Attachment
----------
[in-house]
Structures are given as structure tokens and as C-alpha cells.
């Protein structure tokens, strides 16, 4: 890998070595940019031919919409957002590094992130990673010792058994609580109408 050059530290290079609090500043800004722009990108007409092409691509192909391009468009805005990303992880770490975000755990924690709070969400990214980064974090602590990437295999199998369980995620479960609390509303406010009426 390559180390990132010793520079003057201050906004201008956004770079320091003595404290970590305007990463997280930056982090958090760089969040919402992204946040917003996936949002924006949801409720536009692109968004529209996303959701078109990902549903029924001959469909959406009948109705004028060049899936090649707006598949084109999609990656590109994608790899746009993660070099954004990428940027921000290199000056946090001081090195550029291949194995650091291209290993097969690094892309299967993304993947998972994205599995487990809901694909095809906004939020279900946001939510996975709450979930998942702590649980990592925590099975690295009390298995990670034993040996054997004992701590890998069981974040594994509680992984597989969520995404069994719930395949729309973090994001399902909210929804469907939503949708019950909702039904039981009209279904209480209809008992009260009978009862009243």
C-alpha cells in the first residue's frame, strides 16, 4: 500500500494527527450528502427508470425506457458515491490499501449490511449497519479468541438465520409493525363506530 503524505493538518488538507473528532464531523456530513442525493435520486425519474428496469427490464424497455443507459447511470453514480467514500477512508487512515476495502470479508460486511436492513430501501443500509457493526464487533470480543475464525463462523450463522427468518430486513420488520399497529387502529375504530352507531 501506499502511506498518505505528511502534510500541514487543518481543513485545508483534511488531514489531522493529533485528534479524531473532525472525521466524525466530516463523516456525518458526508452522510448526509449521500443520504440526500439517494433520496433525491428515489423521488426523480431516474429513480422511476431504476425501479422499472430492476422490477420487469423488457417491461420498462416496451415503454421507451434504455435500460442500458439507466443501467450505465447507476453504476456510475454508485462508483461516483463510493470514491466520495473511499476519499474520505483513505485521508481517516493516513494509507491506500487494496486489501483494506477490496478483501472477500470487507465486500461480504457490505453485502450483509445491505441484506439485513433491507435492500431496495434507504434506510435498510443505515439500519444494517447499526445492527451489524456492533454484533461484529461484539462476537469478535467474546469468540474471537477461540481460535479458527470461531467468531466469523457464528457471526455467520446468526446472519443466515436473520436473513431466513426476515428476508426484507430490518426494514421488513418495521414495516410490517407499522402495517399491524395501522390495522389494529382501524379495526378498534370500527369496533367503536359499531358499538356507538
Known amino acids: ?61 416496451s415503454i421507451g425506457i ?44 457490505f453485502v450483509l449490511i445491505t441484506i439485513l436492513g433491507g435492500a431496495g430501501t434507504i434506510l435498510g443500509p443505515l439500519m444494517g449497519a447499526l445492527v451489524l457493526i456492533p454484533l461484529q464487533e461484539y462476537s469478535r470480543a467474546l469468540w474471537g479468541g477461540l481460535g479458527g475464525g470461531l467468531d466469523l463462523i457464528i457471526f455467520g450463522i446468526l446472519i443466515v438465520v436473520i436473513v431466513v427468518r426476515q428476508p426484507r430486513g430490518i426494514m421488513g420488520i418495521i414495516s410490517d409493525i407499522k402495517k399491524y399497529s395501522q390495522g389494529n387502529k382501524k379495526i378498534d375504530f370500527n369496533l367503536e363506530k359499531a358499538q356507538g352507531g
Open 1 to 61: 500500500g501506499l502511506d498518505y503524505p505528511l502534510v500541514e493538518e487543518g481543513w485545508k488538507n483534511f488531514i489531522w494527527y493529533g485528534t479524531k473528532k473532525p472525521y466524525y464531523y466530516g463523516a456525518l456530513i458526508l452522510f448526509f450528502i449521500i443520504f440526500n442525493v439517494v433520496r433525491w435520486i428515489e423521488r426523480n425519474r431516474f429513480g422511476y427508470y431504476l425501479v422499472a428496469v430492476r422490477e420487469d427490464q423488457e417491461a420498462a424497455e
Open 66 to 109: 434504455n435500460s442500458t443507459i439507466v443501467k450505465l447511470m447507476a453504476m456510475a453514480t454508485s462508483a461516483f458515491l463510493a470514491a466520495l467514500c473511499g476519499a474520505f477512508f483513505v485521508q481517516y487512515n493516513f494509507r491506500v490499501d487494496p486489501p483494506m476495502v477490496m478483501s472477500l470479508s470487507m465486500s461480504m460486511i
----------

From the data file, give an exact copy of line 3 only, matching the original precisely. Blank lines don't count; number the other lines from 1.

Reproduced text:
């Protein structure tokens, strides 16, 4: 890998070595940019031919919409957002590094992130990673010792058994609580109408 050059530290290079609090500043800004722009990108007409092409691509192909391009468009805005990303992880770490975000755990924690709070969400990214980064974090602590990437295999199998369980995620479960609390509303406010009426 390559180390990132010793520079003057201050906004201008956004770079320091003595404290970590305007990463997280930056982090958090760089969040919402992204946040917003996936949002924006949801409720536009692109968004529209996303959701078109990902549903029924001959469909959406009948109705004028060049899936090649707006598949084109999609990656590109994608790899746009993660070099954004990428940027921000290199000056946090001081090195550029291949194995650091291209290993097969690094892309299967993304993947998972994205599995487990809901694909095809906004939020279900946001939510996975709450979930998942702590649980990592925590099975690295009390298995990670034993040996054997004992701590890998069981974040594994509680992984597989969520995404069994719930395949729309973090994001399902909210929804469907939503949708019950909702039904039981009209279904209480209809008992009260009978009862009243």